Telling from my past long challenge experiences, I always tried to think what I am missing ( is it knowledge of some theory, or is it not being able to observe some important fact).
Like for example, the first time I learned segment tree. From problem : ZOMCAV
The problem was basically something like this : You had to make many range queries. But I didn’t know how to do range queries in under O(N) time. So I looked up resources that can help me understand how to do this in under O(N) time.
(PS: that problem is solvable in O(N) time and with much easy implementation using Difference Array)
Another example is where I learnt mergesort tree : From problem : LAZER
After thinking for hours I concluded that ,I had to kind of get the Kth largest element in the range. And again I looked up everywhere how to implement that (found PBDS but it was too slow), then came to merge sort tree in the end.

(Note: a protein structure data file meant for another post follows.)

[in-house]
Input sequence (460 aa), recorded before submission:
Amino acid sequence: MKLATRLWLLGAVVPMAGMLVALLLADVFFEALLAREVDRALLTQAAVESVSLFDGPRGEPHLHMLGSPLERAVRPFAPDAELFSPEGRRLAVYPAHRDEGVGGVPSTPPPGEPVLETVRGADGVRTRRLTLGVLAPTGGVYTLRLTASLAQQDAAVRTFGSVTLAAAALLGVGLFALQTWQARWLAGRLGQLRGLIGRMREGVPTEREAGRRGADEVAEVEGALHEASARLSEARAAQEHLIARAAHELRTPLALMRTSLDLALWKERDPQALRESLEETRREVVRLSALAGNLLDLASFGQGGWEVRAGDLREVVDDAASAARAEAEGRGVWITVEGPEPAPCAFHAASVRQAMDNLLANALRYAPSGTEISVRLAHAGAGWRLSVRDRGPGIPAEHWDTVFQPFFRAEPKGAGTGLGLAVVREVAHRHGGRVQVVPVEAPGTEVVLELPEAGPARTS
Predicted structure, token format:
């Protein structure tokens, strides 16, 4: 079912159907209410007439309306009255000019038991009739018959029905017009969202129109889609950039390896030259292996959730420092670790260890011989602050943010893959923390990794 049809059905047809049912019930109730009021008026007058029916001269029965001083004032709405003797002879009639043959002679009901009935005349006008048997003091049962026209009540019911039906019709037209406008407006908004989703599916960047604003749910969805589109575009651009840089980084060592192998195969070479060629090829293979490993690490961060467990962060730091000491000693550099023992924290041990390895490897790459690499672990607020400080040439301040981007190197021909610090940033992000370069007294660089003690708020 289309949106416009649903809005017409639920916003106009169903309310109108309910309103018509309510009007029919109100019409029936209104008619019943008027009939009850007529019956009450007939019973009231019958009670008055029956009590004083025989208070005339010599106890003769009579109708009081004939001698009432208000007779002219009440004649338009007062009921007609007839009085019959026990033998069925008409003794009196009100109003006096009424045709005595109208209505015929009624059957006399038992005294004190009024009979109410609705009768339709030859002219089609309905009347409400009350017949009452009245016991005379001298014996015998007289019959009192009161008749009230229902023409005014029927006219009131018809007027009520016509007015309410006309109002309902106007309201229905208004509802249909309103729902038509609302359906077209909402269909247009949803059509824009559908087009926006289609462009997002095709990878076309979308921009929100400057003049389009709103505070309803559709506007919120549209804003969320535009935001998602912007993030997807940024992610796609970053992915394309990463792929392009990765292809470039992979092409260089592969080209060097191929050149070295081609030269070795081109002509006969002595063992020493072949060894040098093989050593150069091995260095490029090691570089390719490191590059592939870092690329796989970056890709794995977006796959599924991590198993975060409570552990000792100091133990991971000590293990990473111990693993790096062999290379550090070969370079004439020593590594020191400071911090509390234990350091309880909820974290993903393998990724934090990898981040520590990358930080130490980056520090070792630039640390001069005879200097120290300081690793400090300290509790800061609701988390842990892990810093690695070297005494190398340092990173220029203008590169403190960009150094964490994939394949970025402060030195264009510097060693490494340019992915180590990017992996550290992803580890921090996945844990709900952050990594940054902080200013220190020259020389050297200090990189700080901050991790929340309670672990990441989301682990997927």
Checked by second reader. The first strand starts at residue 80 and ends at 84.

(PS: again, that problem is solvable more easily by making some observations and using sweep-line event based approach)
One example where observation plays a role is : LAZERST
This one had me scratching my head for days. Ultimately I came to the conclusion that it’s not possible using any DS/Algo I had known of. So I started making some other observations and finally managed to solve it.
What helped me during these times is I had already gone through https://cp-algorithms.com/ and cp-handbook (CSES) theory once. Don’t misunderstand these points, I never actually understood how those algorithms worked at first. I just had kind of remembered what is possible to implement and what is not. And that kind of helped me a lot in distinguishing whether I am missing theory knowledge or some crucial observation.
So I think , you should pick up some good resource and go through all of it . No need to immediately try to understand all implementations , just keep in mind what is possible and what is not. That helped me a lot and I hope it will also help you a lot too.